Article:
Moving on to the music scene, Rizk points out that copyright isn’t strongly linked to income in Egypt. Stars make albums and video clips, but gain very little revenue from these activities, in part because piracy is so pervasive. Instead, money comes from live performance, especially at weddings. Top Lebanese pop stars make $40,000 for a wedding performance, an astounding sum in a middle income country. (Egyptian stars make less, closer to $25-35,000.) Some players are choosing to move beyond the middle men and pioneering new models that allow them to sell content and performance directly to their audiences, much as Brazilian musicians have done in the Technobrega scene. The sheer dysfunction of the market, plus the political content of the underground music, is pushing musicians to experiment with creative new models.

Jule Sigall from Microsoft makes the argument that “Access to Knowledge” as we consider it is a bit too broad – it’s probably useful to focus solely around the legal and policy questions around knowledge. Specifically the question Microsoft is interested in is whether there’s a role for copyright and patent in solving A2K issues. While much of the copyright and patent structures around the world are the results of lobbying by companies like Microsoft, he argues that there’s a “grassroots recognition of intellectual property rights”, pointing to European recognition of conventions on human rights as including the right to profit from the creation of intellectual property.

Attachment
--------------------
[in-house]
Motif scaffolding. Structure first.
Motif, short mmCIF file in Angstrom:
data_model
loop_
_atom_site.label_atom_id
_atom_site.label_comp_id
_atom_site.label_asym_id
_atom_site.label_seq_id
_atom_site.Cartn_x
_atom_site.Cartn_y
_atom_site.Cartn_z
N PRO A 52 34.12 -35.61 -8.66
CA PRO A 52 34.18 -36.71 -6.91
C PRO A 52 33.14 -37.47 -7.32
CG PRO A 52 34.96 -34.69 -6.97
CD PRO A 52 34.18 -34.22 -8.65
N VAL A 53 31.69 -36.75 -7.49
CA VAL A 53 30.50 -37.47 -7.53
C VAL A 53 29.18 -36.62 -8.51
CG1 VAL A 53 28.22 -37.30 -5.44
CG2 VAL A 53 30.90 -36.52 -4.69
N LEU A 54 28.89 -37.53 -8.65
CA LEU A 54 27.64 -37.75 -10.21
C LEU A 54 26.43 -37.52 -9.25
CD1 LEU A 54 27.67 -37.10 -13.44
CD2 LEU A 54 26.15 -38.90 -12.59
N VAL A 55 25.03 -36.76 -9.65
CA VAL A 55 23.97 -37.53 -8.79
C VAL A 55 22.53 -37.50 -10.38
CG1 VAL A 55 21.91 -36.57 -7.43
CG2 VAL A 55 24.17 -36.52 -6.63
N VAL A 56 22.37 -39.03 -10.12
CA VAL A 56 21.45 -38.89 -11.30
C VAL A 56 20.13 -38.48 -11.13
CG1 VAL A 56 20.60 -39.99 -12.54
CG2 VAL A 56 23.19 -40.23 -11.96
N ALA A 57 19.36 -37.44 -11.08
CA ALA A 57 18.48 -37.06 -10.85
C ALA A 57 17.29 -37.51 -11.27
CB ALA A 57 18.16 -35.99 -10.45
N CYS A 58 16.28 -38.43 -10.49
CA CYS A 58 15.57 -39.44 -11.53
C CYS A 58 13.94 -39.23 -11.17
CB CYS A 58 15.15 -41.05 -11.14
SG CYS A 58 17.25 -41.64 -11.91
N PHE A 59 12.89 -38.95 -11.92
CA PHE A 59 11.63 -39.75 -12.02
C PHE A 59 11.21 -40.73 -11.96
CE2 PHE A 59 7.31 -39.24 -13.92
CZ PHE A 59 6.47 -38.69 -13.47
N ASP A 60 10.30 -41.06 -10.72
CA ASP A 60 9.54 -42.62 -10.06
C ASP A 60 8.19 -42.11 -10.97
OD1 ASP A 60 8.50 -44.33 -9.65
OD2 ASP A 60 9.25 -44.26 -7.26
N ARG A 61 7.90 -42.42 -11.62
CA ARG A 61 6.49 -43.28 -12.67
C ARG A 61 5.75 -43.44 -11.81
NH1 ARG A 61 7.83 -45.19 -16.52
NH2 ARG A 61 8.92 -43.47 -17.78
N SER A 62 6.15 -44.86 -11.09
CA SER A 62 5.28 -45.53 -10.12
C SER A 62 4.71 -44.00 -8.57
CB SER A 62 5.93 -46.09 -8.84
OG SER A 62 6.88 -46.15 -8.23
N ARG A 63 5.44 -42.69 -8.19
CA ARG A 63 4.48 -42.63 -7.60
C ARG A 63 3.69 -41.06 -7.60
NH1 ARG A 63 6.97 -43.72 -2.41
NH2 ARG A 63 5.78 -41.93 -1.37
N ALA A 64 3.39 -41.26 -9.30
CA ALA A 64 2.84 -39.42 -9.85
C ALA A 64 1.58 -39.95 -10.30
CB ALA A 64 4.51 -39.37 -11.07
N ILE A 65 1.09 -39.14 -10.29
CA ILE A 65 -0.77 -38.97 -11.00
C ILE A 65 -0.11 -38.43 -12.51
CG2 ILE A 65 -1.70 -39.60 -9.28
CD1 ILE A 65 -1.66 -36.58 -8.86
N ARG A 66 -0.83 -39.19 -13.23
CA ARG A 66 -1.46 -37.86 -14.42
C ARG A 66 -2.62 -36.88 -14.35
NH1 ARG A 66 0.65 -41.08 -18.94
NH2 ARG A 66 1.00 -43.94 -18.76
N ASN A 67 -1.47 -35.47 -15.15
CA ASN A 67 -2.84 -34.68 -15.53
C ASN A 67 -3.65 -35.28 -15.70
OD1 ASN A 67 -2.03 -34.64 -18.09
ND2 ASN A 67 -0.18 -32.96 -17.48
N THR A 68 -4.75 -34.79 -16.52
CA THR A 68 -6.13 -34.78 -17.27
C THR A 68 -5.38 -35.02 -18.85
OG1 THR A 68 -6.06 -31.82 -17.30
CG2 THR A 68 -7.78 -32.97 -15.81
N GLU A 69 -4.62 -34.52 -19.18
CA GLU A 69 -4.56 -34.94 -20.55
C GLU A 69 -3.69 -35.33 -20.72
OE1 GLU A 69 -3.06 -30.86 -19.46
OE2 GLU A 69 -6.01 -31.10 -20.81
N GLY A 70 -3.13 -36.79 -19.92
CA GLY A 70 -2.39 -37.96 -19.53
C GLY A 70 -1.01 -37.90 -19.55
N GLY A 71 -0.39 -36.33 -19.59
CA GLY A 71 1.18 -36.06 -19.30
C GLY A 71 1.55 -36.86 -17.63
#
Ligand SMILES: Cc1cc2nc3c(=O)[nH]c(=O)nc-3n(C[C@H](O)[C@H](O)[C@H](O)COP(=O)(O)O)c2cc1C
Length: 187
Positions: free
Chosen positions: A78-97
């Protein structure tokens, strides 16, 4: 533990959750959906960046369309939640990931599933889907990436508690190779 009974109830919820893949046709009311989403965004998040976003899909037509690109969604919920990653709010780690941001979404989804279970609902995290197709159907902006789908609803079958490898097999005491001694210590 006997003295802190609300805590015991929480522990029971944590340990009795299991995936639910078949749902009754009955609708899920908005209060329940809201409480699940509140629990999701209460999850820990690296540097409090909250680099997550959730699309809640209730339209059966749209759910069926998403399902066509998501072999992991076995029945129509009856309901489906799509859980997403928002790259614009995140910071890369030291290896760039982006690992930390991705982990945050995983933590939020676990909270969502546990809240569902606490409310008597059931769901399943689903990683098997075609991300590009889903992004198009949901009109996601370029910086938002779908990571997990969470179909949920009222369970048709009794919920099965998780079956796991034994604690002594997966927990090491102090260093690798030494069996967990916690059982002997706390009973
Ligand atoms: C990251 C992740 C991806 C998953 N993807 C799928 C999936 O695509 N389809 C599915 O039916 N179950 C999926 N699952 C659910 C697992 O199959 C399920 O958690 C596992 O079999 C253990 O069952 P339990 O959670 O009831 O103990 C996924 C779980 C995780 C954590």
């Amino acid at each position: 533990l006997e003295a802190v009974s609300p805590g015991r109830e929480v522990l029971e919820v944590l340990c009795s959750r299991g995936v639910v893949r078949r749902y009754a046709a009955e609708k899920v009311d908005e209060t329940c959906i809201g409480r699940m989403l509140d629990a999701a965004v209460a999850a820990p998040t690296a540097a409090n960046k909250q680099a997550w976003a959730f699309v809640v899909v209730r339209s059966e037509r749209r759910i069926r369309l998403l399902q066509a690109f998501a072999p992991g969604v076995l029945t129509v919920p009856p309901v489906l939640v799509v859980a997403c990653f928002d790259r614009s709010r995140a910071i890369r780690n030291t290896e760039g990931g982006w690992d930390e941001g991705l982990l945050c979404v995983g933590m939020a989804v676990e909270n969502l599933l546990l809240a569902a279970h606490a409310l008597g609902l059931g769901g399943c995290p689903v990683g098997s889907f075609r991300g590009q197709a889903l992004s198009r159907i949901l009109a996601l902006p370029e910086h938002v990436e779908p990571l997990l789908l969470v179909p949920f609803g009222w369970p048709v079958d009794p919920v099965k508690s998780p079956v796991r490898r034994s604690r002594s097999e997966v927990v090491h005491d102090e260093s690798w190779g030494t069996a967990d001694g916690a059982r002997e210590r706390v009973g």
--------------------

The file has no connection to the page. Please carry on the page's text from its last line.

Brad Biddle from Intel is working directly on projects that are probably closer to the heart of most A2K activists than Microsoft’s “grassroots movement”. He explains how Intel became a partner of civil society organizations in lobbying against the WIPO broadcast treaty, which began its life as an awful piece of legislation that gave broadcasters special rights when content they’d aired (open licensed or not) when distributed in other media like the Internet. Biddle credits civil society as being “way ahead” of industry on recognizing the importance of the treaty and the need to oppose it. There was effective cooperation between civil society and corporations, but it required a great deal of overcoming mistrust, and it was very hard to move beyond adhoc cooperation.